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I need to be able to transmit data from a Flash browser application to a PHP file on a web server, both securing and validating the data whilst and at the same time trying to prevent unauthorised creation of the message. (I want to try and ensure that the message comes from the application, not a user sending a message via another means).

In a C++ application I would Salt the data, and send the hash of the data along with it, and then validate the hash against the data to ensure integrity and source.

However, in Flash (& Java), applications can be decompiled so that the source code is viewable. So if I used this method, someone could (relatively) easily find the salt, and then create a 'valid' message of their own to send outside of the application.

Is there any way I can 'hide' this salt code to help secure the transmission? Yes, I know there are code obfuscators, but they don't fully hide the code, just add another layer.

Or is there another method entirely that could be used to transmit data and validate the source & content at the PHP end?

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C++ binaries can also be decompiled. You can't "hide" something inside a binary. Use SSL for such means and make sure the server certificate is valid. – halfdan Apr 8 '11 at 12:07
I agree with the above, but even so SSL only protects the communication from client to server. Even with SLL the traffic a client creates can be modified by users. – Jim Blackler Apr 8 '11 at 12:08
SSL is not 100% safe if you have a man in the middle who manipulates the first handshake then he can look into and manipulate any data sent. but the timing has to be right. – ITroubs Apr 8 '11 at 12:17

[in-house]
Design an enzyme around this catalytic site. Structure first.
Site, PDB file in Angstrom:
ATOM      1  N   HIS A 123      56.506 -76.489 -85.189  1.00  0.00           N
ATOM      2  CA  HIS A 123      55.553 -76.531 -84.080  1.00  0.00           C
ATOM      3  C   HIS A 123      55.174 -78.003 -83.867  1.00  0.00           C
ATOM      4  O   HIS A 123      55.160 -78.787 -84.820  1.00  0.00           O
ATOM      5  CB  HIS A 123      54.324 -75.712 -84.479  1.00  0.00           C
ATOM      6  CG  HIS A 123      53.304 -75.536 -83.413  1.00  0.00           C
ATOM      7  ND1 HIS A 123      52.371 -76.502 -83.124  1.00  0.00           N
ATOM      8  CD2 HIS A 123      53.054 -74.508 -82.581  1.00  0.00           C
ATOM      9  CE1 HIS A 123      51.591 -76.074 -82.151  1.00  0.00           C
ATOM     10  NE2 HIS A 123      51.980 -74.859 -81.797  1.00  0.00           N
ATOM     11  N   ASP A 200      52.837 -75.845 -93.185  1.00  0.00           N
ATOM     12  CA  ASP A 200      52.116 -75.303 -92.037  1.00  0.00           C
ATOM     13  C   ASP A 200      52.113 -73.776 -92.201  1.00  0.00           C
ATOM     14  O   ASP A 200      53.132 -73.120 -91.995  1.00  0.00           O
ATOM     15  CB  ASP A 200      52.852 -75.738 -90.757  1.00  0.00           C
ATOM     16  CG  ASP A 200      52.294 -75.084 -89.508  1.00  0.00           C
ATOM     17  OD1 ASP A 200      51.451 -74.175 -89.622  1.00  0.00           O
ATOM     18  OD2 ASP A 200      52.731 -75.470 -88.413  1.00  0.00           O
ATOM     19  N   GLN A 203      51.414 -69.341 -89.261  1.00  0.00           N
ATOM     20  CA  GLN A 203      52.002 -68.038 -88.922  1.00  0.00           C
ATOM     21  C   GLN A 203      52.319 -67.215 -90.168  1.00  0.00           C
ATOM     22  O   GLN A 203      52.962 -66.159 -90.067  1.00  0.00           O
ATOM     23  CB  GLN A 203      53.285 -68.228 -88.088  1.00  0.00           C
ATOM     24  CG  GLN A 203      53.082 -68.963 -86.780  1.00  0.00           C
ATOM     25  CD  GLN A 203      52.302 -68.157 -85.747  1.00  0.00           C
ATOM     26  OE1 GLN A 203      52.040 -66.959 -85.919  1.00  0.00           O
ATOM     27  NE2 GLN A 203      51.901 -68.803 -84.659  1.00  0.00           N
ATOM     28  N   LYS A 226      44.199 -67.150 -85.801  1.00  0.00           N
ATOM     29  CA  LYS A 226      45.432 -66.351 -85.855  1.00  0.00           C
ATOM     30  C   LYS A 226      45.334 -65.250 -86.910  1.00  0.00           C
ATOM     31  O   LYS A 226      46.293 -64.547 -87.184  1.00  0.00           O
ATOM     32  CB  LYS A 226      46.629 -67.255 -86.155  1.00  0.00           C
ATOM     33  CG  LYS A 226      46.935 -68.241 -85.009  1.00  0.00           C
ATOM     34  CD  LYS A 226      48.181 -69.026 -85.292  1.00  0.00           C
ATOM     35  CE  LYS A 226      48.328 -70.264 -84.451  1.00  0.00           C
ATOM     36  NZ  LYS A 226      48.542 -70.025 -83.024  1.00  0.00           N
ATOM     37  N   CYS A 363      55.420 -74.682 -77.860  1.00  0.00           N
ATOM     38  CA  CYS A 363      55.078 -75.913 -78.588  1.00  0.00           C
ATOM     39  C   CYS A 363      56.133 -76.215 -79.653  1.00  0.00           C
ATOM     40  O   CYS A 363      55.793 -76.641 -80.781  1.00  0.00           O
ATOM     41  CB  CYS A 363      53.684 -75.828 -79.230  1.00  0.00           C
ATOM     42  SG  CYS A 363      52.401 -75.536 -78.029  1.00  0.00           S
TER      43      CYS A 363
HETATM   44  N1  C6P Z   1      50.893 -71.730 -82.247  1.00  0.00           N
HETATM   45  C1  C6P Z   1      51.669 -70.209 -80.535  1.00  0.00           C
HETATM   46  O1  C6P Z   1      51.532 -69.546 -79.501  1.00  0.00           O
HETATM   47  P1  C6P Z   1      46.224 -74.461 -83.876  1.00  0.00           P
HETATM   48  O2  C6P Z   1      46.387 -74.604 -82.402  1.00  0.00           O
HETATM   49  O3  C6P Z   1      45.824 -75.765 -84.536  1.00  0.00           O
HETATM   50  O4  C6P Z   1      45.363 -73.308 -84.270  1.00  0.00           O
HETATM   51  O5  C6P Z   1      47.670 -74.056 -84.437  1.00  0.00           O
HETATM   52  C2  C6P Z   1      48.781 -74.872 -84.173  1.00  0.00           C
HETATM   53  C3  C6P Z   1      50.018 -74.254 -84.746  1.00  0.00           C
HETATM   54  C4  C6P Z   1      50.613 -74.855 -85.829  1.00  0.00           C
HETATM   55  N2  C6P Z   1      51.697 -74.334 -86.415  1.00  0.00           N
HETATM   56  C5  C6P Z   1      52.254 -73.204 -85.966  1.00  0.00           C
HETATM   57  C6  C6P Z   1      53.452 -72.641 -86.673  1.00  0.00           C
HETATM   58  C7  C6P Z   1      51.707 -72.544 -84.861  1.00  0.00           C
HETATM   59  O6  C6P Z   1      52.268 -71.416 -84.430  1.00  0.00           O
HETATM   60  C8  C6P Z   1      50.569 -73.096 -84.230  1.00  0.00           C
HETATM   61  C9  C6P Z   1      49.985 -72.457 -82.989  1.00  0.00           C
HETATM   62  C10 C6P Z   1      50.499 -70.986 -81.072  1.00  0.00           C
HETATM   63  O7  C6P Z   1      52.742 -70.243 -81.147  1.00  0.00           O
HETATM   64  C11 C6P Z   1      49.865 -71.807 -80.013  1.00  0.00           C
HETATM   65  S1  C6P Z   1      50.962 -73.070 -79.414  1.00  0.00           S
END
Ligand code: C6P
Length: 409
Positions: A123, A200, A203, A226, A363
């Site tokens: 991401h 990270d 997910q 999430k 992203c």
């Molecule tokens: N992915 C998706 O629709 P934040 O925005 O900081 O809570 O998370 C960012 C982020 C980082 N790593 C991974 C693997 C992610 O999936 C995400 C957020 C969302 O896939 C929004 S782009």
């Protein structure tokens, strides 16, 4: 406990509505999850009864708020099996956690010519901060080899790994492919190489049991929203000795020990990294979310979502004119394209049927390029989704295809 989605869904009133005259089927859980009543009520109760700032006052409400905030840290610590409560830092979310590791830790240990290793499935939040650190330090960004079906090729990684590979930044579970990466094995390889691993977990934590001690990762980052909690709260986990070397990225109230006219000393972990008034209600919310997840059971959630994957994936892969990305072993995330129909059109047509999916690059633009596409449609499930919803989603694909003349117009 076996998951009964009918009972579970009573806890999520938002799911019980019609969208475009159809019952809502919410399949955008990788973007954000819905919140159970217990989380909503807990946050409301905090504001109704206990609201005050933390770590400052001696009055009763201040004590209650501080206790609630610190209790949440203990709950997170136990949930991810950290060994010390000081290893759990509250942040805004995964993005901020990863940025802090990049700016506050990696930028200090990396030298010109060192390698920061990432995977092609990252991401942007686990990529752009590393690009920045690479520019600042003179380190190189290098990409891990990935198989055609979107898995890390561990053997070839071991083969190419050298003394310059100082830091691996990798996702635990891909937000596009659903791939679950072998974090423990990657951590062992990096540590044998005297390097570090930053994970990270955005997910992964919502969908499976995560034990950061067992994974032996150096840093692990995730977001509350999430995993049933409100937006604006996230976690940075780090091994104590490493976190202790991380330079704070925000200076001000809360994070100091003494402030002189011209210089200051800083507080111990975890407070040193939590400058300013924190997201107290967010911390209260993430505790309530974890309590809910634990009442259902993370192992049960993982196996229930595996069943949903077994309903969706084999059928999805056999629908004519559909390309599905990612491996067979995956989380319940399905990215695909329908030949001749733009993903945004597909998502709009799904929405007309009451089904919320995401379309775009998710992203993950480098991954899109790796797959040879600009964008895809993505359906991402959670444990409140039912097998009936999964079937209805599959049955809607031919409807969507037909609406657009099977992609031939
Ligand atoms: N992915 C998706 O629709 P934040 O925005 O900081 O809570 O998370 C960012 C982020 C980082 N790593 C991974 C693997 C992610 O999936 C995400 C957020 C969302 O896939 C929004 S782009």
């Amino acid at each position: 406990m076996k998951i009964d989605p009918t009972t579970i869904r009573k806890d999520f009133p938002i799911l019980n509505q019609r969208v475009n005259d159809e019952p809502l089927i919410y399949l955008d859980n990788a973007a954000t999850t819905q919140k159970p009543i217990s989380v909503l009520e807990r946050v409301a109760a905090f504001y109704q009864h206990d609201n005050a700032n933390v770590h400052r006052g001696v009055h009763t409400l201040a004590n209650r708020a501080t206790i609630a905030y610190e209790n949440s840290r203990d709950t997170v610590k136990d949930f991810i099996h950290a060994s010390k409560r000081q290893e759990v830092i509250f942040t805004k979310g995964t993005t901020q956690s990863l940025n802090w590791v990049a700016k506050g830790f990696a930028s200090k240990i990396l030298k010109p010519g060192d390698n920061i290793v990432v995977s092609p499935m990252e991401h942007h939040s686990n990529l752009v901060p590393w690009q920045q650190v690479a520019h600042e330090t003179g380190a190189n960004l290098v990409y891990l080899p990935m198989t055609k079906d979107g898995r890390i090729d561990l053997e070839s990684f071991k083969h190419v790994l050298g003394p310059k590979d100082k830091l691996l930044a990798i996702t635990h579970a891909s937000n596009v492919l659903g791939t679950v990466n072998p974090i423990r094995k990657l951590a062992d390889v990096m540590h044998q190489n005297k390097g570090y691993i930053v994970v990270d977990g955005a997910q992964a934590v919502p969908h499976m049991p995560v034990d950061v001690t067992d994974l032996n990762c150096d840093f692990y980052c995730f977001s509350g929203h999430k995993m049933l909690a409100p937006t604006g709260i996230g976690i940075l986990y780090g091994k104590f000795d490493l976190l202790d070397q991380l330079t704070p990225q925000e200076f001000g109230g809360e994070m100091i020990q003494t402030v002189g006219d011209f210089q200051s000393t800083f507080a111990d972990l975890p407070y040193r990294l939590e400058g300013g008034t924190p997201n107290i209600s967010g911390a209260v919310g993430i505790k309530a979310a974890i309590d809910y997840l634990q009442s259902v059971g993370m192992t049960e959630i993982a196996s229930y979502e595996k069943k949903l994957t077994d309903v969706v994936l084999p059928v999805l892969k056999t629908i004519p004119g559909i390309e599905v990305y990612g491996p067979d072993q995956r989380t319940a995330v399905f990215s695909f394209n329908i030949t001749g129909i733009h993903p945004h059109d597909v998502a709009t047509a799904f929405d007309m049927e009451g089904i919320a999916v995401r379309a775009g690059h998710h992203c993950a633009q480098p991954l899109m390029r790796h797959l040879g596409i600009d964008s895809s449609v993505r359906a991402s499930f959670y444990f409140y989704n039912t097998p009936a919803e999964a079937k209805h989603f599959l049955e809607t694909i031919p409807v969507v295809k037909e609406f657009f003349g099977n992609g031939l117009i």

up vote 1 down vote accepted

No matter what you do, the code to do it will be there in the client, and all you can do is obfuscate. If you, as Tomasz says, were to have the client authenticate with the server and then receive a salt (or a key from a asymmetric key-pair) you still need to have all the code necessary to connect to that server in the client. So by design, no matter what you do, all the ingredients to do so has to be in the client, and thus on your "hackers" computer. It's just a question of much harder it would be for a hacker to understand it.

It's the same for all kinds of clients, no matter what language they're written in. If a DVD player can show a decrypted DVD disc on your TV, it has to have the key to decrypt it in memory, which you can find. This is why no-one has made perfect copy-protection :)

EDIT: As all the others are saying. Off-the-shelf obfuscator is probably the best way to go, and you could make the client jump through some extra hoops first aswell.

EDIT2: Turns out I didn't understand Tomasz correctly. If the user himself has the key to authenticate to the server in order to get the hash, that will indeed authenticate that the message was sent from the user, but still not from the application. If this is a matter of avoiding cheating then the hacker is probably already a customer (buying a product or making an account). If what you want is to authenticate the user, then it's a completely different matter, and that is quite possible. (with it's own problems of-course)

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I meant letting authenticate by the user in front of the screen, so that no keys are in the application itself. If the keys were in the app, then there is really not much you can do. – Tomasz Stanczak Apr 8 '11 at 12:24

There's no truly secure way to protect programs that run on the client. (C++ can also be decompiled by the way.) It's always going to be possible for users to run clients that have been hacked, and any encryption key will have to be present in the code in some form. You may be able to make it more difficult for casual hackers but that's it. Whatever you implement will amount to another form of obfuscation; you may as well look at the off-the-shelf obfuscators.

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Perhaps first authenticate with the server, get a salt key from the server, then use it? This way users wanting to fake messages even if capable of decompiling the app would have to authenticate also.

Other than that - at some time you always need the password, hash, key (or whatever is needed to encrypt or validate data) available to the application and either you get it first from your server or embed in the application, which would be recognizable by decompilation.


As others have pointed there is no 100% security, everything can be hacked, the point is to make it not too easy, to prevent casual hackers, that's all. So as Jim stated an off-the-shell obfuscator may be the best compromise.

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